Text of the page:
2 King Sihon of the Amorites, who lived in Heshbon, was defeated. His kingdom included Aroer, on the edge of the Arnon Gorge, and extended from the middle of the Arnon Gorge to the Jabbok River, which serves as a border for the Ammonites. This territory included the southern half of the territory of Gilead. 3 Sihon also controlled the Jordan Valley and regions to the east—from as far north as the Sea of Galilee to as far south as the Dead Sea,[b]including the road to Beth-jeshimoth and southward to the slopes of Pisgah.
4 King Og of Bashan, the last of the Rephaites, lived at Ashtaroth and Edrei. 5 He ruled a territory stretching from Mount Hermon to Salecah in the north and to all of Bashan in the east, and westward to the borders of the kingdoms of Geshur and Maacah. This territory included the northern half of Gilead, as far as the boundary of King Sihon of Heshbon.
6 Moses, the servant of the Lord, and the Israelites had destroyed the people of King Sihon and King Og. And Moses gave their land as a possession to the tribes of Reuben, Gad, and the half-tribe of Manasseh.
Kings Defeated West of the Jordan
7 The following is a list of the kings that Joshua and the Israelite armies defeated on the west side of the Jordan, from Baal-gad in the valley of Lebanon to Mount Halak, which leads up to Seir. (Joshua gave this land to the tribes of Israel as their possession, 8 including the hill country, the western foothills,[c] the Jordan Valley, the mountain slopes, the Judean wilderness, and the Negev. The people who lived in this region were the Hittites, the Amorites, the Canaanites, the Perizzites, the Hivites, and the Jebusites.) These are the kings Israel defeated:
9 The king of Jericho
The king of Ai, near Bethel
10 The king of Jerusalem
The king of Hebron
11 The king of Jarmuth
The king of Lachish
12 The king of Eglon
The king of Gezer
13 The king of Debir
The king of Geder
14 The king of Hormah
The king of Arad
15 The king of Libnah
The king of Adullam
16 The king of Makkedah
The king of Bethel
17 The king of Tappuah
The king of Hepher
18 The king of Aphek
The king of Lasharon
19 The king of Madon
The king of Hazor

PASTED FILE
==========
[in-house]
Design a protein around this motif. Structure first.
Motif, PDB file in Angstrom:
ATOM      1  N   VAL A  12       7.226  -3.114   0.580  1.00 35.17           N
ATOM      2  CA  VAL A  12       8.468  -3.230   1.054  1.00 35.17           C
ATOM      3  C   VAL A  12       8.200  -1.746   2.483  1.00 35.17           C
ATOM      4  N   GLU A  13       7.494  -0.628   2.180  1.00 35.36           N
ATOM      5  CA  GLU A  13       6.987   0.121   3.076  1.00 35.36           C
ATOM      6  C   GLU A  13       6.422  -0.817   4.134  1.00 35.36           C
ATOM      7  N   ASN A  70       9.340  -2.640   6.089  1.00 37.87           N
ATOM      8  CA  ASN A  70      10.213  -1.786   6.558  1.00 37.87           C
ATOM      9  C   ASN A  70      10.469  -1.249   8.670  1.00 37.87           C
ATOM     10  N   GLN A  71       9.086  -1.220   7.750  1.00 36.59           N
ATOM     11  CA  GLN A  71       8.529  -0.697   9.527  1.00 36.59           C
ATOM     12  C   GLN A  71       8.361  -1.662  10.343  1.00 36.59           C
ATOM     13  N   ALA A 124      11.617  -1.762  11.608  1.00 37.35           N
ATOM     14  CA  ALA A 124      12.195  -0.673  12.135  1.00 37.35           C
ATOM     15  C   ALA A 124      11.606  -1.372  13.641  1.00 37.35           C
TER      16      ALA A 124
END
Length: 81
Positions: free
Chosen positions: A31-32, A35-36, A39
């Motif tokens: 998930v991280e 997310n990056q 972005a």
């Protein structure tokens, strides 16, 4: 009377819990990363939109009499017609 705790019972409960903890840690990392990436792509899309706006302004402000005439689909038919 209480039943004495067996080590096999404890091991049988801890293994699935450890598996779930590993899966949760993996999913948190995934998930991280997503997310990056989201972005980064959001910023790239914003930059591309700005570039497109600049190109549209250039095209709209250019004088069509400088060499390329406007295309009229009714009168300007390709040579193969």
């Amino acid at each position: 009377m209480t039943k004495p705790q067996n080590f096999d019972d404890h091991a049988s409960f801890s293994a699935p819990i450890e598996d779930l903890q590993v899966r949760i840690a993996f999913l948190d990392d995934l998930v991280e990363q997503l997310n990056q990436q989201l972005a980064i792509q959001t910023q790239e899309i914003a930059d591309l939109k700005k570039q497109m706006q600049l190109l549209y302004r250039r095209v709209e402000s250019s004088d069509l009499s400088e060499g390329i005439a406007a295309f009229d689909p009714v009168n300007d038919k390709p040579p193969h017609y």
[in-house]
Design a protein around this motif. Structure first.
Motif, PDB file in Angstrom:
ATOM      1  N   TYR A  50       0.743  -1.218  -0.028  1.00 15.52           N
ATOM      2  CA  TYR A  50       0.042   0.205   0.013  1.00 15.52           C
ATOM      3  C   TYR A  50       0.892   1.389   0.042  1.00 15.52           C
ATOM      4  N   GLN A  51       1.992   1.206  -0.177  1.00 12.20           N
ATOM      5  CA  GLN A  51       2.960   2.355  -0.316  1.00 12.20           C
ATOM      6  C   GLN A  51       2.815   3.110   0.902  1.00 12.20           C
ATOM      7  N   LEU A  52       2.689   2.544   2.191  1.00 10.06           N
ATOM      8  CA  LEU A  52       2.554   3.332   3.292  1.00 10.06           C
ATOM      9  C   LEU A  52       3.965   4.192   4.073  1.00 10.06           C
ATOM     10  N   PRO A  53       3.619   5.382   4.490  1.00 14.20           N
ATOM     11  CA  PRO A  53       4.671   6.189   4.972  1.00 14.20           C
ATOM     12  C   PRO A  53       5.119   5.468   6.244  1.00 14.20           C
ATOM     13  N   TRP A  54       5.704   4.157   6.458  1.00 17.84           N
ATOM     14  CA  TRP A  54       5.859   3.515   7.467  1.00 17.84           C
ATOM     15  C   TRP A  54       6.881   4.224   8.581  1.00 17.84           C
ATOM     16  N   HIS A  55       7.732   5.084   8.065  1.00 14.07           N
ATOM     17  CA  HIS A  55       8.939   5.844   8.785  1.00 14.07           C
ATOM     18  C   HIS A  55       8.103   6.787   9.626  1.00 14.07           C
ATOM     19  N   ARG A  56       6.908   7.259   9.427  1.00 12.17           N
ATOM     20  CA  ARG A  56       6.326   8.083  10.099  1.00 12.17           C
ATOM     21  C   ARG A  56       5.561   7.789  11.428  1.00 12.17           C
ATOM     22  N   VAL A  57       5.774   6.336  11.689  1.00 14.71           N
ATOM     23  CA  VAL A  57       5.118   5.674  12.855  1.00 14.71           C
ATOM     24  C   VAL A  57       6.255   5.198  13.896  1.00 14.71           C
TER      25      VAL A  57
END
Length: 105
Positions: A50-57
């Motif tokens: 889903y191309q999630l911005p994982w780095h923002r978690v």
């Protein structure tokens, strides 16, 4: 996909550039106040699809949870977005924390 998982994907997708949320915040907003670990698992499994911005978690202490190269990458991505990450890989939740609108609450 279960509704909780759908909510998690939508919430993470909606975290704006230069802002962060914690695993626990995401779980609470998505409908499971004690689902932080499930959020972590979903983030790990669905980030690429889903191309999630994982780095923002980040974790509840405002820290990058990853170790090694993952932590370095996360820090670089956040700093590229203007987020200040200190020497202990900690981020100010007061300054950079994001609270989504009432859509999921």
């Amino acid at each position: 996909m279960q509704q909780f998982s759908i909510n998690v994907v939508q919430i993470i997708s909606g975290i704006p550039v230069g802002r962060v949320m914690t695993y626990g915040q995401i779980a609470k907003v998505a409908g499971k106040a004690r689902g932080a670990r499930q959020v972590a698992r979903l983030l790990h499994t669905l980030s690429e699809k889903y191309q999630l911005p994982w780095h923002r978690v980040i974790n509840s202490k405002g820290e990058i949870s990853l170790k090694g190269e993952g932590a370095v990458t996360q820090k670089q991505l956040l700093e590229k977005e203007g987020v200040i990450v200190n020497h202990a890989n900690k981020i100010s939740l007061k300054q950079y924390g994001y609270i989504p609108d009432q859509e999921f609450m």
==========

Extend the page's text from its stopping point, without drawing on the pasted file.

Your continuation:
20 The king of Shimron-meron
The king of Acshaph
21 The king of Taanach
The king of Megiddo
22 The king of Kedesh
The king of Jokneam in Carmel
23 The king of Dor in the town of Naphoth-dor[d]
The king of Goyim in Gilgal[e]
24 The king of Tirzah.
In all, thirty-one kings were defeated.
1 When all the Amorite kings west of the Jordan and all the Canaanite kings who lived along the Mediterranean coast[a] heard how the Lord had dried up the Jordan River so the people of Israel could cross, they lost heart and were paralyzed with fear because of them.
Israel Reestablishes Covenant Ceremonies
2 At that time the Lord told Joshua, “Make flint knives and circumcise this second generation of Israelites.[b]” 3 So Joshua made flint knives and circumcised the entire male population of Israel at Gibeath-haaraloth.[c]
4 Joshua had to circumcise them because all the men who were old enough to fight in battle when they left Egypt had died in the wilderness. 5 Those who left Egypt had all been circumcised, but none of those born after the Exodus, during the years in the wilderness, had been circumcised. 6 The Israelites had traveled in the wilderness for forty years until all the men who were old enough to fight in battle when they left Egypt had died. For they had disobeyed the Lord, and the Lord vowed he would not let them enter the land he had sworn to give us—a land flowing with milk and honey. 7 So Joshua circumcised their sons—those who had grown up to take their fathers’ places—for they had not been circumcised on the way to the Promised Land. 8 After all the males had been circumcised, they rested in the camp until they were healed.
9 Then the Lord said to Joshua, “Today I have rolled away the shame of your slavery in Egypt.” So that place has been called Gilgal[d] to this day.
10 While the Israelites were camped at Gilgal on the plains of Jericho, they celebrated Passover on the evening of the fourteenth day of the first month.[e] 11 The very next day they began to eat unleavened bread and roasted grain harvested from the land. 12 No manna appeared on the day they first ate from the crops of the land, and it was never seen again. So from that time on the Israelites ate from the crops of Canaan.
The Lord’s Commander Confronts Joshua
13 When Joshua was near the town of Jericho, he looked up and saw a man standing in front of him with sword in hand. Joshua went up to him and demanded, “Are you friend or foe?”
14 “Neither one,” he replied. “I am the commander of the Lord’s army.”
At this, Joshua fell with his face to the ground in reverence. “I am at your command,” Joshua said. “What do you want your servant to do?”
15 The commander of the Lord’s army replied, “Take off your sandals, for the place where you are standing is holy.” And Joshua did as he was told.
5:1 Hebrew along the sea.
5:2 Or circumcise the Israelites a second time.
5:3 Gibeath-haaraloth means “hill of foreskins.”
5:9 Gilgal sounds like the Hebrew word galal, meaning “to roll.”
5:10 This day in the ancient Hebrew lunar calendar occurred in late March, April, or early May.
Memorials to the Jordan Crossing
1 When all the people had crossed the Jordan, the Lord said to Joshua, 2 “Now choose twelve men, one from each tribe. 3 Tell them, ‘Take twelve stones from the very place where the priests are standing in the middle of the Jordan. Carry them out and pile them up at the place where you will camp tonight.’”